Hebrew - in fact, Hebrew does not have a present tense. Ok, maybe it does but it uses present participle to express the idea of an action taking place now. So instead of saying "The child goes to school" they say rather "The child going to school". The present participle has four forms (sing. masc. and fem. pl. masc. and fem.). Most of the courses do not go into details and just say this is the present tense in Hebrew but some other mention the fact it's just a participle used as a present tense.

Georgian - it's a split ergativity language. I haven't formally studied the language but from what I understand, in present tense we say "I have a book" but in past tense we cannot simply say "I had a book" because the subject of the phrase needs to be put in the dative case and the object becomes the subject in the ergative case, which gives us something like "The book belonged to me".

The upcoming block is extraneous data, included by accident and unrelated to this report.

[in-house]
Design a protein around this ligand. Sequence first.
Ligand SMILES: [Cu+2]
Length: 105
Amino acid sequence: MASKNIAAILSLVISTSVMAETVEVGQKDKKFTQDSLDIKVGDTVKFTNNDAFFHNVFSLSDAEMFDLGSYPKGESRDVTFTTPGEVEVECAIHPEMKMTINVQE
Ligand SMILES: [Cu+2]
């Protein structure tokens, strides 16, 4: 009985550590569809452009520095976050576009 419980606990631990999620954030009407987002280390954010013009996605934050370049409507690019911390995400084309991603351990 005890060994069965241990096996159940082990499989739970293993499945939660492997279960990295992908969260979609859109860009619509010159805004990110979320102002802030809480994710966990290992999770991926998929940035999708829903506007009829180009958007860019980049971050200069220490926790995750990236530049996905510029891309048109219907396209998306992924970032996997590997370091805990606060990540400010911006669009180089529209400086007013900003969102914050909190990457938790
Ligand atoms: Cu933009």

Vietnamese - unlike European languages which have a limited set of personal pronouns (I, you, he, she and so on), Vietnamese has dozens of personal pronouns, expressing the social relation between the speakers. So the personal pronouns one needs to use change depending on the age, gender, familiarity and so on.
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Re: Languages with exotic and interesting features

Postby mokibao » Mon Mar 29, 2021 9:26 pm

I've always thought English' use of a do-periphrasis to make interrogative and negative statements was peculiar and unlike anything I've ever seen in any of the languages I've taken a look at. It's pronunciation is also the most disconnected to spelling without outright crossing the border to an ideographic system.